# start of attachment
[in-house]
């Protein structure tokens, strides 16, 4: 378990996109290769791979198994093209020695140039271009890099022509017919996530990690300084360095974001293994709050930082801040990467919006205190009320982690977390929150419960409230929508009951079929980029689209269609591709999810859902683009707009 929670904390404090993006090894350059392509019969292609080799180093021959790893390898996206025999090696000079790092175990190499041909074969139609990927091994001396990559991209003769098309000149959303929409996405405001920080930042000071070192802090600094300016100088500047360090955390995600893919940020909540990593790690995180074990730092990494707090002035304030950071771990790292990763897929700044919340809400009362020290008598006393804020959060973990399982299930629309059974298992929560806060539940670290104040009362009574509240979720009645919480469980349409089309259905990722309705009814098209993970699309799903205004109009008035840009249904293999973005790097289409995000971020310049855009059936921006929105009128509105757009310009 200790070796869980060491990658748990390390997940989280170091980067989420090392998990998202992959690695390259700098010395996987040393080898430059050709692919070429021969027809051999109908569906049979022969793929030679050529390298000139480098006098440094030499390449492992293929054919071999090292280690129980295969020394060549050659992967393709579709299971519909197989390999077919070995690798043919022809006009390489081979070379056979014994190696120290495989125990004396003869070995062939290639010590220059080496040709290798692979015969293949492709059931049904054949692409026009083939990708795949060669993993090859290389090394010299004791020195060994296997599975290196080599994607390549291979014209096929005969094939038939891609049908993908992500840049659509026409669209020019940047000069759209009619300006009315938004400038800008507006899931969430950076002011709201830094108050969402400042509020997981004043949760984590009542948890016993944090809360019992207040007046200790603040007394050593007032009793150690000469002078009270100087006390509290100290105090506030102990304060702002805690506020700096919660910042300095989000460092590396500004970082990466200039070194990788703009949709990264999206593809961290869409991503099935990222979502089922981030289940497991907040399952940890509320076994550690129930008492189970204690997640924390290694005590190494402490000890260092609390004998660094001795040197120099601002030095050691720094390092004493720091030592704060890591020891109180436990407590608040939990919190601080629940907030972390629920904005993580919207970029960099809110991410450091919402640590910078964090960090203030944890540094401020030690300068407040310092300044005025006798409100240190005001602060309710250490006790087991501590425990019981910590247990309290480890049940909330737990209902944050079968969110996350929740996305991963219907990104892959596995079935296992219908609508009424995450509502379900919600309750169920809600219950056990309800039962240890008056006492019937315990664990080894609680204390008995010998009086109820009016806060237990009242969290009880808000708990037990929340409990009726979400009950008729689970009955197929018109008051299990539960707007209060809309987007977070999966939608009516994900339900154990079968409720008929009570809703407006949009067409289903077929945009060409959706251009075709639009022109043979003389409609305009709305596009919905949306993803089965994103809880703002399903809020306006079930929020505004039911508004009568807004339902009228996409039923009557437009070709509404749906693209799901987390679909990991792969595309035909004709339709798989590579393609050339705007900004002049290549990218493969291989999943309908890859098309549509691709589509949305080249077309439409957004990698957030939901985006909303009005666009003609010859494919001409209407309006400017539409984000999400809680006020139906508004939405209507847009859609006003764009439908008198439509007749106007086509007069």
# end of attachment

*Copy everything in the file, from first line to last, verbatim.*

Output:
[in-house]
């Protein structure tokens, strides 16, 4: 378990996109290769791979198994093209020695140039271009890099022509017919996530990690300084360095974001293994709050930082801040990467919006205190009320982690977390929150419960409230929508009951079929980029689209269609591709999810859902683009707009 929670904390404090993006090894350059392509019969292609080799180093021959790893390898996206025999090696000079790092175990190499041909074969139609990927091994001396990559991209003769098309000149959303929409996405405001920080930042000071070192802090600094300016100088500047360090955390995600893919940020909540990593790690995180074990730092990494707090002035304030950071771990790292990763897929700044919340809400009362020290008598006393804020959060973990399982299930629309059974298992929560806060539940670290104040009362009574509240979720009645919480469980349409089309259905990722309705009814098209993970699309799903205004109009008035840009249904293999973005790097289409995000971020310049855009059936921006929105009128509105757009310009 200790070796869980060491990658748990390390997940989280170091980067989420090392998990998202992959690695390259700098010395996987040393080898430059050709692919070429021969027809051999109908569906049979022969793929030679050529390298000139480098006098440094030499390449492992293929054919071999090292280690129980295969020394060549050659992967393709579709299971519909197989390999077919070995690798043919022809006009390489081979070379056979014994190696120290495989125990004396003869070995062939290639010590220059080496040709290798692979015969293949492709059931049904054949692409026009083939990708795949060669993993090859290389090394010299004791020195060994296997599975290196080599994607390549291979014209096929005969094939038939891609049908993908992500840049659509026409669209020019940047000069759209009619300006009315938004400038800008507006899931969430950076002011709201830094108050969402400042509020997981004043949760984590009542948890016993944090809360019992207040007046200790603040007394050593007032009793150690000469002078009270100087006390509290100290105090506030102990304060702002805690506020700096919660910042300095989000460092590396500004970082990466200039070194990788703009949709990264999206593809961290869409991503099935990222979502089922981030289940497991907040399952940890509320076994550690129930008492189970204690997640924390290694005590190494402490000890260092609390004998660094001795040197120099601002030095050691720094390092004493720091030592704060890591020891109180436990407590608040939990919190601080629940907030972390629920904005993580919207970029960099809110991410450091919402640590910078964090960090203030944890540094401020030690300068407040310092300044005025006798409100240190005001602060309710250490006790087991501590425990019981910590247990309290480890049940909330737990209902944050079968969110996350929740996305991963219907990104892959596995079935296992219908609508009424995450509502379900919600309750169920809600219950056990309800039962240890008056006492019937315990664990080894609680204390008995010998009086109820009016806060237990009242969290009880808000708990037990929340409990009726979400009950008729689970009955197929018109008051299990539960707007209060809309987007977070999966939608009516994900339900154990079968409720008929009570809703407006949009067409289903077929945009060409959706251009075709639009022109043979003389409609305009709305596009919905949306993803089965994103809880703002399903809020306006079930929020505004039911508004009568807004339902009228996409039923009557437009070709509404749906693209799901987390679909990991792969595309035909004709339709798989590579393609050339705007900004002049290549990218493969291989999943309908890859098309549509691709589509949305080249077309439409957004990698957030939901985006909303009005666009003609010859494919001409209407309006400017539409984000999400809680006020139906508004939405209507847009859609006003764009439908008198439509007749106007086509007069």